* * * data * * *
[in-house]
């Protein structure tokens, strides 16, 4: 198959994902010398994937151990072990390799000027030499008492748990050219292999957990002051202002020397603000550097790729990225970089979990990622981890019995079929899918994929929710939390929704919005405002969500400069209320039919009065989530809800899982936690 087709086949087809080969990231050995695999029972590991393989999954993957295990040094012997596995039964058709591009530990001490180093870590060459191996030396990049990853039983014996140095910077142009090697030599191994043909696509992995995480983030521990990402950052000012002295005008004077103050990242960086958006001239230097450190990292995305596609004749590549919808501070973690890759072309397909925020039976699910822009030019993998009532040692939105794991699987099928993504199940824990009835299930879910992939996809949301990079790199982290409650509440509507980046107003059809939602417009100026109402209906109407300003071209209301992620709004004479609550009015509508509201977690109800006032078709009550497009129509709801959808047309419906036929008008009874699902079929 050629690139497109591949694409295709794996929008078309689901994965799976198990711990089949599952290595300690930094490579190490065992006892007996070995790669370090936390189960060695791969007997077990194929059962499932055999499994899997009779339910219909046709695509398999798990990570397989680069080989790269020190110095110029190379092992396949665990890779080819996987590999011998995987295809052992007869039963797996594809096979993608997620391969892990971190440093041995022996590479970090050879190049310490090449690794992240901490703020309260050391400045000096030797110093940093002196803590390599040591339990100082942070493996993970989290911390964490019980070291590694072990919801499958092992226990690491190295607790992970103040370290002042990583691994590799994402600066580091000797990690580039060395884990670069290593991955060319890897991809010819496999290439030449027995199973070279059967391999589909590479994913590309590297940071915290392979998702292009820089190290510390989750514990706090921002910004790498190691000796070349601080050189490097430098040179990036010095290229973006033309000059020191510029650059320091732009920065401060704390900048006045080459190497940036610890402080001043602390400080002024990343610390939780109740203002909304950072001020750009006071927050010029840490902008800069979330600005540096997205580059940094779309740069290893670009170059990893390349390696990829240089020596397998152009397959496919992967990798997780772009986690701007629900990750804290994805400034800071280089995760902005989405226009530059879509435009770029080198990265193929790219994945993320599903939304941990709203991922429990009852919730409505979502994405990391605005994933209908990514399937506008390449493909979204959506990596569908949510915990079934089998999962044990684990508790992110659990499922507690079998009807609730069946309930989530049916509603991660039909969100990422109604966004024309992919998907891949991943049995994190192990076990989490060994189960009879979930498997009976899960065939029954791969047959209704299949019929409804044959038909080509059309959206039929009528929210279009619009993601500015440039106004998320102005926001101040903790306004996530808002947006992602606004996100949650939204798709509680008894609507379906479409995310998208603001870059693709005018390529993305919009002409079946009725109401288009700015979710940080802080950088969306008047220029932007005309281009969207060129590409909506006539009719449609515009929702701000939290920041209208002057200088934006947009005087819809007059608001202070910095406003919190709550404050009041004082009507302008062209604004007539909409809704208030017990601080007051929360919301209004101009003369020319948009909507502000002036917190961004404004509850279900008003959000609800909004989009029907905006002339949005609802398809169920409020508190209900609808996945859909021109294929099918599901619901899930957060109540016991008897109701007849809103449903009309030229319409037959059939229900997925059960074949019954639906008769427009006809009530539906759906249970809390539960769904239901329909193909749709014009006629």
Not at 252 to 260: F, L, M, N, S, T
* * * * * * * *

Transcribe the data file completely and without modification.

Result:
[in-house]
């Protein structure tokens, strides 16, 4: 198959994902010398994937151990072990390799000027030499008492748990050219292999957990002051202002020397603000550097790729990225970089979990990622981890019995079929899918994929929710939390929704919005405002969500400069209320039919009065989530809800899982936690 087709086949087809080969990231050995695999029972590991393989999954993957295990040094012997596995039964058709591009530990001490180093870590060459191996030396990049990853039983014996140095910077142009090697030599191994043909696509992995995480983030521990990402950052000012002295005008004077103050990242960086958006001239230097450190990292995305596609004749590549919808501070973690890759072309397909925020039976699910822009030019993998009532040692939105794991699987099928993504199940824990009835299930879910992939996809949301990079790199982290409650509440509507980046107003059809939602417009100026109402209906109407300003071209209301992620709004004479609550009015509508509201977690109800006032078709009550497009129509709801959808047309419906036929008008009874699902079929 050629690139497109591949694409295709794996929008078309689901994965799976198990711990089949599952290595300690930094490579190490065992006892007996070995790669370090936390189960060695791969007997077990194929059962499932055999499994899997009779339910219909046709695509398999798990990570397989680069080989790269020190110095110029190379092992396949665990890779080819996987590999011998995987295809052992007869039963797996594809096979993608997620391969892990971190440093041995022996590479970090050879190049310490090449690794992240901490703020309260050391400045000096030797110093940093002196803590390599040591339990100082942070493996993970989290911390964490019980070291590694072990919801499958092992226990690491190295607790992970103040370290002042990583691994590799994402600066580091000797990690580039060395884990670069290593991955060319890897991809010819496999290439030449027995199973070279059967391999589909590479994913590309590297940071915290392979998702292009820089190290510390989750514990706090921002910004790498190691000796070349601080050189490097430098040179990036010095290229973006033309000059020191510029650059320091732009920065401060704390900048006045080459190497940036610890402080001043602390400080002024990343610390939780109740203002909304950072001020750009006071927050010029840490902008800069979330600005540096997205580059940094779309740069290893670009170059990893390349390696990829240089020596397998152009397959496919992967990798997780772009986690701007629900990750804290994805400034800071280089995760902005989405226009530059879509435009770029080198990265193929790219994945993320599903939304941990709203991922429990009852919730409505979502994405990391605005994933209908990514399937506008390449493909979204959506990596569908949510915990079934089998999962044990684990508790992110659990499922507690079998009807609730069946309930989530049916509603991660039909969100990422109604966004024309992919998907891949991943049995994190192990076990989490060994189960009879979930498997009976899960065939029954791969047959209704299949019929409804044959038909080509059309959206039929009528929210279009619009993601500015440039106004998320102005926001101040903790306004996530808002947006992602606004996100949650939204798709509680008894609507379906479409995310998208603001870059693709005018390529993305919009002409079946009725109401288009700015979710940080802080950088969306008047220029932007005309281009969207060129590409909506006539009719449609515009929702701000939290920041209208002057200088934006947009005087819809007059608001202070910095406003919190709550404050009041004082009507302008062209604004007539909409809704208030017990601080007051929360919301209004101009003369020319948009909507502000002036917190961004404004509850279900008003959000609800909004989009029907905006002339949005609802398809169920409020508190209900609808996945859909021109294929099918599901619901899930957060109540016991008897109701007849809103449903009309030229319409037959059939229900997925059960074949019954639906008769427009006809009530539906759906249970809390539960769904239901329909193909749709014009006629």
Not at 252 to 260: F, L, M, N, S, T